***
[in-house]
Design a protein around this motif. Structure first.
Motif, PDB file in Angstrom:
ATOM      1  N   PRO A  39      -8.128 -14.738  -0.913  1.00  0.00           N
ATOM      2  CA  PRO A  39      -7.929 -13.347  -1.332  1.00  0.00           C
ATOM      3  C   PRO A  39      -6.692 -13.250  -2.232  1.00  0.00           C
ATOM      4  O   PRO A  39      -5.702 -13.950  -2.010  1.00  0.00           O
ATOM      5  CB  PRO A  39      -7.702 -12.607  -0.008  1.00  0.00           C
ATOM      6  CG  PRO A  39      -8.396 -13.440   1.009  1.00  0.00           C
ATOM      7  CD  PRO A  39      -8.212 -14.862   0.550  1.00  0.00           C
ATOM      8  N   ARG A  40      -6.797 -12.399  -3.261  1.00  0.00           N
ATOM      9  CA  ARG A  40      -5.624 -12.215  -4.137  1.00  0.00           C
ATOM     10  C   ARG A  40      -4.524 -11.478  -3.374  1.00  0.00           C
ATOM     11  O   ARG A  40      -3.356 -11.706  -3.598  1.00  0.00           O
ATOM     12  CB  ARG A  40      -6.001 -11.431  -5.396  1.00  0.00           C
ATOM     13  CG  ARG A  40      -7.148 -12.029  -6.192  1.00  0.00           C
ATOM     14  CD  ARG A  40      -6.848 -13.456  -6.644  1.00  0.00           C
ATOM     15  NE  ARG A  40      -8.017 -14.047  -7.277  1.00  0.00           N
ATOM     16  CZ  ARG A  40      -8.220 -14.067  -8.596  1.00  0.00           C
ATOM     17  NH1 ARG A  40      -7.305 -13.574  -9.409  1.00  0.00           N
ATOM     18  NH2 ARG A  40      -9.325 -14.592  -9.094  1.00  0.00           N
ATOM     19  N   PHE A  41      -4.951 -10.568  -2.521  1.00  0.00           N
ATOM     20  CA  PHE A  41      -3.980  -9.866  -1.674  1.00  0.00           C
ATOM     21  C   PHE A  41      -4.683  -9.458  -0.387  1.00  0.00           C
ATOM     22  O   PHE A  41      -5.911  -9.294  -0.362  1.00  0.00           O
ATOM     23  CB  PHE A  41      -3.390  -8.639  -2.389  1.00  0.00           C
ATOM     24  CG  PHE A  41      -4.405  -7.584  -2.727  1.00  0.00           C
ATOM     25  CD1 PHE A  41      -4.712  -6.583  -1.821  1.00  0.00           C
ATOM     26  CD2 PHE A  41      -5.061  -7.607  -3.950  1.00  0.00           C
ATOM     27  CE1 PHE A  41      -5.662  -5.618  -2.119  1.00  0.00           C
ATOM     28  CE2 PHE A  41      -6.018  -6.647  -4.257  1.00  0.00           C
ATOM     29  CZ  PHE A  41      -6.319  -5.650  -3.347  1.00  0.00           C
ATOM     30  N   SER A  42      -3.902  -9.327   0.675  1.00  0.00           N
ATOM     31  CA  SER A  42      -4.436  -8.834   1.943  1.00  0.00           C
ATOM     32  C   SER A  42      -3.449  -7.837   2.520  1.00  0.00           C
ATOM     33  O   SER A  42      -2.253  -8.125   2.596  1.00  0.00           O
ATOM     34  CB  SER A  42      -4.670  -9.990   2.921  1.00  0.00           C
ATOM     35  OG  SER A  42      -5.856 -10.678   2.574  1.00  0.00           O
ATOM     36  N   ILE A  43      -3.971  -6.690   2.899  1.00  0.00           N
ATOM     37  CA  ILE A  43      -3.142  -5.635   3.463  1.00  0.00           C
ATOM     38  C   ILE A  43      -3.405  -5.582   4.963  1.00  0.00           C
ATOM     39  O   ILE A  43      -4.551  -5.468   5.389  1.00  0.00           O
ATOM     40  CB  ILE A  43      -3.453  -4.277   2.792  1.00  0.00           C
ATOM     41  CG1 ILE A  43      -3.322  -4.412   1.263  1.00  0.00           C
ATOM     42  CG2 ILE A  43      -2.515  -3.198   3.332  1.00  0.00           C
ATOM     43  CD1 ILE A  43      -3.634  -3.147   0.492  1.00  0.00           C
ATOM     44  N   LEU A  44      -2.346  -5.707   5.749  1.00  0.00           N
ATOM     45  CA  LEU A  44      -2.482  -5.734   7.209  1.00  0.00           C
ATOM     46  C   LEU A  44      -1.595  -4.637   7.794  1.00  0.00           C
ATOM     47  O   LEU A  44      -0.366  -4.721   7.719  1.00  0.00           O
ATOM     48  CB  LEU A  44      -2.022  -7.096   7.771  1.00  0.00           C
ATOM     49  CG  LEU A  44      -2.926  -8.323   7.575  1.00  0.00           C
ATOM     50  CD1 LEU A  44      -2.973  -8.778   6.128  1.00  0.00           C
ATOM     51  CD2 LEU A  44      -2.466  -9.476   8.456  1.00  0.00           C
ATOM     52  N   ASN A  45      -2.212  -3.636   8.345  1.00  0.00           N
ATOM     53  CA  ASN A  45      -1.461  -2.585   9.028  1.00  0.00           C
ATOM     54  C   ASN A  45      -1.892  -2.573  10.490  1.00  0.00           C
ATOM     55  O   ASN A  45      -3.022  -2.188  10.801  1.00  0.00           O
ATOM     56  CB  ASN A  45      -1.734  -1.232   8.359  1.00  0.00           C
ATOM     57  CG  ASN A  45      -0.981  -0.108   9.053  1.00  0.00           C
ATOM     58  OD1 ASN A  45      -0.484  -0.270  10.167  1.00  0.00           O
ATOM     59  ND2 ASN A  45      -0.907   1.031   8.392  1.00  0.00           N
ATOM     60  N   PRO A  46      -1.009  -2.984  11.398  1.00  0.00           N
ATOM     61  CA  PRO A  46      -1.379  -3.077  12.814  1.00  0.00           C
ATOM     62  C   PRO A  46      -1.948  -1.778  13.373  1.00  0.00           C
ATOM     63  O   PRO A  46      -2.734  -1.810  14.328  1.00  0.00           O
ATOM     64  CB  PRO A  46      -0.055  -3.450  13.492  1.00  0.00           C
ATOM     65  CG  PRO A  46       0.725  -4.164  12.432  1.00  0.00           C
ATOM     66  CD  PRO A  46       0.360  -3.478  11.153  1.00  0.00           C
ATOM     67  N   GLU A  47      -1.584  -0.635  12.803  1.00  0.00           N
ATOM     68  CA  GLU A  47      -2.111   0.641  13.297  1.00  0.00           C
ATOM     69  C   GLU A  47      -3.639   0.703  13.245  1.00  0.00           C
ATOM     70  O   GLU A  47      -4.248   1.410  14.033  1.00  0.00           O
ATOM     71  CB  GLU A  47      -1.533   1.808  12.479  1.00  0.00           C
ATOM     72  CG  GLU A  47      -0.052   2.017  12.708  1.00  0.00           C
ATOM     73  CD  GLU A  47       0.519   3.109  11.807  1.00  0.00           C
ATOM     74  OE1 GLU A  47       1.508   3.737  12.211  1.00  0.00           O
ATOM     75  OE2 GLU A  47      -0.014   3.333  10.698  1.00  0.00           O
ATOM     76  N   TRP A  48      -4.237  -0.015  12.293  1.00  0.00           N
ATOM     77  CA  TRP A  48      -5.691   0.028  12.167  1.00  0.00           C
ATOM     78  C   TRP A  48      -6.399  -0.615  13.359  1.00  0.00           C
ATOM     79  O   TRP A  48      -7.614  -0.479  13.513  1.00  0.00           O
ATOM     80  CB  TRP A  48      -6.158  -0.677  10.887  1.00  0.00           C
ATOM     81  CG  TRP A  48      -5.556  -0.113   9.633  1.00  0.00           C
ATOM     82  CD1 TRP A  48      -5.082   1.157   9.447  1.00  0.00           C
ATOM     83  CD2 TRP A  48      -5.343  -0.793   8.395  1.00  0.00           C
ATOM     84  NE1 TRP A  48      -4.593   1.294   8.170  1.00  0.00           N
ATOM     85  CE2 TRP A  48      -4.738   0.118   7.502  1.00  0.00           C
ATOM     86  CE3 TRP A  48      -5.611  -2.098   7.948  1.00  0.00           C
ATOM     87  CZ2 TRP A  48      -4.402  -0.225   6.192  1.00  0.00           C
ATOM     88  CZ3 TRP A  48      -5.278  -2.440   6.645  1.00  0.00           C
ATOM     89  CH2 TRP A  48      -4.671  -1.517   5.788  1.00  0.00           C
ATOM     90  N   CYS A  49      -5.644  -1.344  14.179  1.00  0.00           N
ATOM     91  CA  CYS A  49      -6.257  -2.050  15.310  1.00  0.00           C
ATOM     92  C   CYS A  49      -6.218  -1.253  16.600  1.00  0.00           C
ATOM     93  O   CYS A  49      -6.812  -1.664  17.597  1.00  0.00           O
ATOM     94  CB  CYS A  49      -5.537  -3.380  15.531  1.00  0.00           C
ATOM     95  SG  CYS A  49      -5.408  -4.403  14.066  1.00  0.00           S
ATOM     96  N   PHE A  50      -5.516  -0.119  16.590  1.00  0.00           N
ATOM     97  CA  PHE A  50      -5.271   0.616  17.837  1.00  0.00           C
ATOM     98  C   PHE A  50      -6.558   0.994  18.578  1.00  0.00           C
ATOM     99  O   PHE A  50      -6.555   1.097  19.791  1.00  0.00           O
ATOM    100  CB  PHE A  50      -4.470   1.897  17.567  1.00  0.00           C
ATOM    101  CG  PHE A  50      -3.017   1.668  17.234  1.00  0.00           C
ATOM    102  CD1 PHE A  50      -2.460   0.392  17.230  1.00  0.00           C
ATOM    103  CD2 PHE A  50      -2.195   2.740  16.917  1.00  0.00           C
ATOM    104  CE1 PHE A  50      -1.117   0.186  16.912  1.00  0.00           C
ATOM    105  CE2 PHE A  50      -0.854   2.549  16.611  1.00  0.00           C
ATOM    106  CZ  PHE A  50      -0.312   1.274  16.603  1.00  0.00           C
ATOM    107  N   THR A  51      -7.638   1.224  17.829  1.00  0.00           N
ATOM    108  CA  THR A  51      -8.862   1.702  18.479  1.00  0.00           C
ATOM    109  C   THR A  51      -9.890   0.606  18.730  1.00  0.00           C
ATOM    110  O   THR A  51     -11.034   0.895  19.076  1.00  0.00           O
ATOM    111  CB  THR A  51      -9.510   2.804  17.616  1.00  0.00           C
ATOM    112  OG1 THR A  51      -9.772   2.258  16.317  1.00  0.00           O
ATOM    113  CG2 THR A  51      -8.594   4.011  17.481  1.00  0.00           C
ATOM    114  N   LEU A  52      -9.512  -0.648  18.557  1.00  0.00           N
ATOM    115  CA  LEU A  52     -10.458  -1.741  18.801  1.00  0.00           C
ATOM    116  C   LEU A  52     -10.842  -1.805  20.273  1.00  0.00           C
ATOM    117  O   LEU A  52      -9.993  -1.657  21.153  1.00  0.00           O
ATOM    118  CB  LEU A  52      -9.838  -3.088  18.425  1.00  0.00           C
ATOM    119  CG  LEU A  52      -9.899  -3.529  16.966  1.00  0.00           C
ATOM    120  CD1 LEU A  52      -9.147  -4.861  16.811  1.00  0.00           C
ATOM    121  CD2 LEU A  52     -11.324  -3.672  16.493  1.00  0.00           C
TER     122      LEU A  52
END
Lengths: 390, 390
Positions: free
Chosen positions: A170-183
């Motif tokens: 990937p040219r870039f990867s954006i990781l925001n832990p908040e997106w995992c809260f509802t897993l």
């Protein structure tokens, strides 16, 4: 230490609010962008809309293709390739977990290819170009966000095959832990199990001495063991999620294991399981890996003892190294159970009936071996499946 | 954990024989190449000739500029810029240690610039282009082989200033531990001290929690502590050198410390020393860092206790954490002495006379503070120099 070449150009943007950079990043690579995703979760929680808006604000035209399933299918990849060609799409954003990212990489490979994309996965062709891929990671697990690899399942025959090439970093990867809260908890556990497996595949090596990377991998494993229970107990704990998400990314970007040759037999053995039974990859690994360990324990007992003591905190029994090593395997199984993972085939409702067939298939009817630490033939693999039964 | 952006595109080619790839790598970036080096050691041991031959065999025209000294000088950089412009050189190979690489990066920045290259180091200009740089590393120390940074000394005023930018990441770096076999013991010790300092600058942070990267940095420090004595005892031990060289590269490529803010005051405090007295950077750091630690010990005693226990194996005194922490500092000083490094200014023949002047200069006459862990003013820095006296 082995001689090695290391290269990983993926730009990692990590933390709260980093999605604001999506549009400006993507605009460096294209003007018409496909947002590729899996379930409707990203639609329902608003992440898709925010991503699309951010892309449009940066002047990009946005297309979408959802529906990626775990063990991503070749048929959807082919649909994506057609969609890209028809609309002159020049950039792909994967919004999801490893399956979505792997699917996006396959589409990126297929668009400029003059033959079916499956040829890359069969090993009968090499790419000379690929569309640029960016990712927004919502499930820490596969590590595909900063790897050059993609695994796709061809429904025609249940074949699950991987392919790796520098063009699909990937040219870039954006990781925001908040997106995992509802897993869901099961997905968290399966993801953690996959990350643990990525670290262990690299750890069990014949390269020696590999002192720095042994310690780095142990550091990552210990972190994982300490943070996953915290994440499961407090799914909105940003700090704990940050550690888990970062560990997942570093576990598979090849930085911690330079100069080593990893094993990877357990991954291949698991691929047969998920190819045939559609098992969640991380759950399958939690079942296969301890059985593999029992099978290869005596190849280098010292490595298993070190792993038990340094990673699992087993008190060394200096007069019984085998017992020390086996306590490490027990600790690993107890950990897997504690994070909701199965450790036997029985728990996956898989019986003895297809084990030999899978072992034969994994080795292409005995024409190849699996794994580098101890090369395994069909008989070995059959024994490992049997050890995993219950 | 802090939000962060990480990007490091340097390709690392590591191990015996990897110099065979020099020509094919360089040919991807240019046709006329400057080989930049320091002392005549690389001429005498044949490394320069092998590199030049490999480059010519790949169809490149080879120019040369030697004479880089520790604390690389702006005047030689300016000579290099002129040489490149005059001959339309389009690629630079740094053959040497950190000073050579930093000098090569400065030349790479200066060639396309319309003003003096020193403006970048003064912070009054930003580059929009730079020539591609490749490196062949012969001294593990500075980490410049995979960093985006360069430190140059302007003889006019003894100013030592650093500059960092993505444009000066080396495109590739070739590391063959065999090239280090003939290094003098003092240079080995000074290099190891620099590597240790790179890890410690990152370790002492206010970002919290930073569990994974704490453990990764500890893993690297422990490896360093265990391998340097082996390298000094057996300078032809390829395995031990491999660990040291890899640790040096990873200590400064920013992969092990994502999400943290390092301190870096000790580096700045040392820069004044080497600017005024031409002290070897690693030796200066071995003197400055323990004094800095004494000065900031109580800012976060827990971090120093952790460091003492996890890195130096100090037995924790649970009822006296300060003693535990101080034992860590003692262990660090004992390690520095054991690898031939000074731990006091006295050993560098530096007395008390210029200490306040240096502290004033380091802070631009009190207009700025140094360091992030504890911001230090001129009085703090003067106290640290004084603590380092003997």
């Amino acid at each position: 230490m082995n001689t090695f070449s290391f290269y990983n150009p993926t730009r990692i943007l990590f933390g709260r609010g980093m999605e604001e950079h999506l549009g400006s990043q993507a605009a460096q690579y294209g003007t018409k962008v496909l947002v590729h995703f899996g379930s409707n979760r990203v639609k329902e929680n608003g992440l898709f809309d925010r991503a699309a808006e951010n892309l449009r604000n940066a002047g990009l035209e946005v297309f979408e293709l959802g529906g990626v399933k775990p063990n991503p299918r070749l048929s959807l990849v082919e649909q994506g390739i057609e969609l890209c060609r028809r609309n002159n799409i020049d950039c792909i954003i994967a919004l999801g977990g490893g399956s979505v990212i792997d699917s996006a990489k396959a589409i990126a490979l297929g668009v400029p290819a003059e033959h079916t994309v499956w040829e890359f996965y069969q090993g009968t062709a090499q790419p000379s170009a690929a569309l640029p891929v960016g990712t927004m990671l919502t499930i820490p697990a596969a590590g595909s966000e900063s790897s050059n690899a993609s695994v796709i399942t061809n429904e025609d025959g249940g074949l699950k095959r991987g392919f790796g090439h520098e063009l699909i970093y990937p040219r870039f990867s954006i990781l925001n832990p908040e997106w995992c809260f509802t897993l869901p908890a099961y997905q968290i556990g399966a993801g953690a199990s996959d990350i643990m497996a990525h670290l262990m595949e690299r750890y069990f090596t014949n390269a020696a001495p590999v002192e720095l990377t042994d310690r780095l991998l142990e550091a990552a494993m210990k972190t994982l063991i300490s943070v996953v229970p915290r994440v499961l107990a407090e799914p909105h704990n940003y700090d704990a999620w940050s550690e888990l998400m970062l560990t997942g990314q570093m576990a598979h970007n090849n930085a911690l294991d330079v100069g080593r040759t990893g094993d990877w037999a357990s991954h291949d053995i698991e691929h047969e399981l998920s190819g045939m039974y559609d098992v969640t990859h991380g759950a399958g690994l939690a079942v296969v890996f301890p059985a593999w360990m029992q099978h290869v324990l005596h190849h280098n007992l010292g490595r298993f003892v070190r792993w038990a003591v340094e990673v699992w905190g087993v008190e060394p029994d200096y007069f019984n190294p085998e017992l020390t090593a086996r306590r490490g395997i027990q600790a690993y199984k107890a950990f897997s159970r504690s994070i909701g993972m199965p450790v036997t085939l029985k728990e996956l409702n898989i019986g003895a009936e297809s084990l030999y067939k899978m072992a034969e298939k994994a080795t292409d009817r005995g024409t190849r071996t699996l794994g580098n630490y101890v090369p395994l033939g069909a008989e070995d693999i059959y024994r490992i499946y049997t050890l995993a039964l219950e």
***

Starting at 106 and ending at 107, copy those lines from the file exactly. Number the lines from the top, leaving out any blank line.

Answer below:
ATOM    103  CD2 PHE A  50      -2.195   2.740  16.917  1.00  0.00           C
ATOM    104  CE1 PHE A  50      -1.117   0.186  16.912  1.00  0.00           C